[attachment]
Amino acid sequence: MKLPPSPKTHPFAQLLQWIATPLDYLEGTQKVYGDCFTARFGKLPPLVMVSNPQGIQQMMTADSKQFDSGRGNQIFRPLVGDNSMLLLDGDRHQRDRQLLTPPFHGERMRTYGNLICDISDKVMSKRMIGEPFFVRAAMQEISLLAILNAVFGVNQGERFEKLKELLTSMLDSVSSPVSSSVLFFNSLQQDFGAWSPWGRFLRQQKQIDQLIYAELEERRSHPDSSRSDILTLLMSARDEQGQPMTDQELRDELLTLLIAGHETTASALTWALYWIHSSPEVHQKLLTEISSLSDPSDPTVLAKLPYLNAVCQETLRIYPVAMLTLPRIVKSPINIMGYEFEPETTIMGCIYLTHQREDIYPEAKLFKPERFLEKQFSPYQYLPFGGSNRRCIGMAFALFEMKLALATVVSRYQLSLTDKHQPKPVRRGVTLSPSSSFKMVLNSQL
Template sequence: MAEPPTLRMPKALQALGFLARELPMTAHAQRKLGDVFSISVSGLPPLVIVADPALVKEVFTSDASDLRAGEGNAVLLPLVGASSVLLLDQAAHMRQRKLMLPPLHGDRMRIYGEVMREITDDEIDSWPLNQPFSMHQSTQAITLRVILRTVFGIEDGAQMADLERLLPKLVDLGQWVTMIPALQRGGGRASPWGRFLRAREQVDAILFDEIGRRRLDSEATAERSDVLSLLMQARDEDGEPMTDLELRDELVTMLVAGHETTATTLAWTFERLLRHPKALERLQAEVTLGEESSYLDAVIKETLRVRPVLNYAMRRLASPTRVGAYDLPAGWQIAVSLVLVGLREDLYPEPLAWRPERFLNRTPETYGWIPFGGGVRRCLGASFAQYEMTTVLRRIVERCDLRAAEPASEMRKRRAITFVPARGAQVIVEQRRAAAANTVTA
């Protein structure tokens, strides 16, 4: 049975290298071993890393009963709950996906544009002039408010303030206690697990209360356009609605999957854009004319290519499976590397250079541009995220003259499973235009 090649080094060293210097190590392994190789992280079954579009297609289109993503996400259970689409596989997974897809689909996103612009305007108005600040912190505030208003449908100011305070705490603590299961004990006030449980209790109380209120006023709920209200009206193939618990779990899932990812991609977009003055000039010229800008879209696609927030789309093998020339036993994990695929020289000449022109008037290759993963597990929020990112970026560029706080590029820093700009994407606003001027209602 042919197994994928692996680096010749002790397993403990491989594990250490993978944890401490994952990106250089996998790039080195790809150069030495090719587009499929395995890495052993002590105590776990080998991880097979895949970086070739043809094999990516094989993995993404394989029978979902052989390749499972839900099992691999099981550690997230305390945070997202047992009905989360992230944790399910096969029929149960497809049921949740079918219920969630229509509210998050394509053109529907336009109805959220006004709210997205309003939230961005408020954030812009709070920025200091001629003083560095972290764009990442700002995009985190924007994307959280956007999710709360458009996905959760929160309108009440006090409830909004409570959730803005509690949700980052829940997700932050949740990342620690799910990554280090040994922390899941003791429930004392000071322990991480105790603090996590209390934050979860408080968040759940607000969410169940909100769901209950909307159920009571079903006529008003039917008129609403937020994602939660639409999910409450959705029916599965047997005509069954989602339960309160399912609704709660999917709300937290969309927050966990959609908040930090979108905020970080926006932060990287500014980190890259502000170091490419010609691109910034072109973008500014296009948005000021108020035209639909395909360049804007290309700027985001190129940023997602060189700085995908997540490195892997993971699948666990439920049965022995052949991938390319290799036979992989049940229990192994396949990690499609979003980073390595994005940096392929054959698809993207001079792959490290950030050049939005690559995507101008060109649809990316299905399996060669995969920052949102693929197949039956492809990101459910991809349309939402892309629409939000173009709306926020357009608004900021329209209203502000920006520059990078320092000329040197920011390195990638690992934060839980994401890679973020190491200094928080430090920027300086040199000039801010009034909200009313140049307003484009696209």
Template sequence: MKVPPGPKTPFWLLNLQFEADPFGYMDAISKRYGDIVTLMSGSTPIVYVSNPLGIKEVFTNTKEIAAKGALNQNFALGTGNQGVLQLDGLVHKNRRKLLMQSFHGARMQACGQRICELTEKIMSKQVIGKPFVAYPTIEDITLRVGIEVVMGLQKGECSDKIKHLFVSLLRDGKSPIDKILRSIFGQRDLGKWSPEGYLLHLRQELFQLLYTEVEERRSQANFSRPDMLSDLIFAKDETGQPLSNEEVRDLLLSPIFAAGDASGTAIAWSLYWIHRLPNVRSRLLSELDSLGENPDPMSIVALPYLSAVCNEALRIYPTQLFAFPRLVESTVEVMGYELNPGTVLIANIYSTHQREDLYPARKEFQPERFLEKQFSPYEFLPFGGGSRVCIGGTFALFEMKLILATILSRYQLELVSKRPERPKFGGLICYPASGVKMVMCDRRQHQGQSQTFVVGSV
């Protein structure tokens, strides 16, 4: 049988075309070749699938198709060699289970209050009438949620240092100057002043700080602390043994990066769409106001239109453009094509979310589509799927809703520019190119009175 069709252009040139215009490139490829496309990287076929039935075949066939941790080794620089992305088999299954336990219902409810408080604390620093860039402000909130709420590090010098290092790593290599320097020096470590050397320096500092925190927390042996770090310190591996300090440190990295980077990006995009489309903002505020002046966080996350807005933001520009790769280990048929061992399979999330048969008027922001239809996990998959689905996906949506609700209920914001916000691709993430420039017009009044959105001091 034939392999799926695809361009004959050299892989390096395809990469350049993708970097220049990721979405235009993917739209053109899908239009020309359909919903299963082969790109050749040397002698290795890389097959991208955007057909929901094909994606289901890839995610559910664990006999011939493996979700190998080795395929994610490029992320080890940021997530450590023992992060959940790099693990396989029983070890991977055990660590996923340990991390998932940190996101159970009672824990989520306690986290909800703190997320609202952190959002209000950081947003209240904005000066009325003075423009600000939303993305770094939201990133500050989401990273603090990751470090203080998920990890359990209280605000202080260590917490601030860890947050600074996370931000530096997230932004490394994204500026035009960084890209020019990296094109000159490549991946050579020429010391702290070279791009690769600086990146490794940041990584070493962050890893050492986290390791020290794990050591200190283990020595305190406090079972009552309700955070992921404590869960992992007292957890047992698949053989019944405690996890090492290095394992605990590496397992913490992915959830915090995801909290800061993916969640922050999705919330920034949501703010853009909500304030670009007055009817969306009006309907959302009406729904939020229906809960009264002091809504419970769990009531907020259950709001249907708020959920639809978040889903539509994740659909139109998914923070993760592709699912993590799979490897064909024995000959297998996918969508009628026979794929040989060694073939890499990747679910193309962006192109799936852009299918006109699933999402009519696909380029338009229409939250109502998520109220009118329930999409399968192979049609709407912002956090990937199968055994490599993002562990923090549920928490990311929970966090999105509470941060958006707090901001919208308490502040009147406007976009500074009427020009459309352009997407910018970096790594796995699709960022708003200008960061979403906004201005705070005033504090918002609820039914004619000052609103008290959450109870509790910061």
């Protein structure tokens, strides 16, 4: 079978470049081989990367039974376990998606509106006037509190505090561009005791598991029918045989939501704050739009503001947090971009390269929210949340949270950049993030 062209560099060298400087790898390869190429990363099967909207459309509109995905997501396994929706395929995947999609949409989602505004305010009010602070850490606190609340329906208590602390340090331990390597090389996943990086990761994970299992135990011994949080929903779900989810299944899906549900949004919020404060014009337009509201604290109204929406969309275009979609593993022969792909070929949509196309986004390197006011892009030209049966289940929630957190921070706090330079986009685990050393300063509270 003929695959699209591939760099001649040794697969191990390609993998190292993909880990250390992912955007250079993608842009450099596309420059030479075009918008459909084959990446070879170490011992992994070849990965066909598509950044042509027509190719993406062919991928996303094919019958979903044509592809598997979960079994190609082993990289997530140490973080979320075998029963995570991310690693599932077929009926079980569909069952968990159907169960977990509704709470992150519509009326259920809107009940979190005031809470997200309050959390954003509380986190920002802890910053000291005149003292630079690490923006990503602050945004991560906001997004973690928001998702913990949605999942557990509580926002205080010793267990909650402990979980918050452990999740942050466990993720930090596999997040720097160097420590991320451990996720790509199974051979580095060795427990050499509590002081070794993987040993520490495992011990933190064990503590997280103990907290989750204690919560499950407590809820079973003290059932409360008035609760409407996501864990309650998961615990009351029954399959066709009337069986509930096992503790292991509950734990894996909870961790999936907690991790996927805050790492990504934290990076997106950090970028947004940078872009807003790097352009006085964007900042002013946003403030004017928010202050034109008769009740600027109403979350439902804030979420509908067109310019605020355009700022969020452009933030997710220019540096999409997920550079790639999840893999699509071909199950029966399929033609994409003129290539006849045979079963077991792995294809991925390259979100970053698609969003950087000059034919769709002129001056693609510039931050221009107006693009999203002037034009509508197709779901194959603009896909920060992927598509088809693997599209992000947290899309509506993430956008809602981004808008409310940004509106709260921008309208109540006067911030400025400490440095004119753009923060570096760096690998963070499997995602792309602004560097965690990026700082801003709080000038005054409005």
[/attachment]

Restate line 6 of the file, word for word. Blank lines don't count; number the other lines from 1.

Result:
């Protein structure tokens, strides 16, 4: 079978470049081989990367039974376990998606509106006037509190505090561009005791598991029918045989939501704050739009503001947090971009390269929210949340949270950049993030 062209560099060298400087790898390869190429990363099967909207459309509109995905997501396994929706395929995947999609949409989602505004305010009010602070850490606190609340329906208590602390340090331990390597090389996943990086990761994970299992135990011994949080929903779900989810299944899906549900949004919020404060014009337009509201604290109204929406969309275009979609593993022969792909070929949509196309986004390197006011892009030209049966289940929630957190921070706090330079986009685990050393300063509270 003929695959699209591939760099001649040794697969191990390609993998190292993909880990250390992912955007250079993608842009450099596309420059030479075009918008459909084959990446070879170490011992992994070849990965066909598509950044042509027509190719993406062919991928996303094919019958979903044509592809598997979960079994190609082993990289997530140490973080979320075998029963995570991310690693599932077929009926079980569909069952968990159907169960977990509704709470992150519509009326259920809107009940979190005031809470997200309050959390954003509380986190920002802890910053000291005149003292630079690490923006990503602050945004991560906001997004973690928001998702913990949605999942557990509580926002205080010793267990909650402990979980918050452990999740942050466990993720930090596999997040720097160097420590991320451990996720790509199974051979580095060795427990050499509590002081070794993987040993520490495992011990933190064990503590997280103990907290989750204690919560499950407590809820079973003290059932409360008035609760409407996501864990309650998961615990009351029954399959066709009337069986509930096992503790292991509950734990894996909870961790999936907690991790996927805050790492990504934290990076997106950090970028947004940078872009807003790097352009006085964007900042002013946003403030004017928010202050034109008769009740600027109403979350439902804030979420509908067109310019605020355009700022969020452009933030997710220019540096999409997920550079790639999840893999699509071909199950029966399929033609994409003129290539006849045979079963077991792995294809991925390259979100970053698609969003950087000059034919769709002129001056693609510039931050221009107006693009999203002037034009509508197709779901194959603009896909920060992927598509088809693997599209992000947290899309509506993430956008809602981004808008409310940004509106709260921008309208109540006067911030400025400490440095004119753009923060570096760096690998963070499997995602792309602004560097965690990026700082801003709080000038005054409005």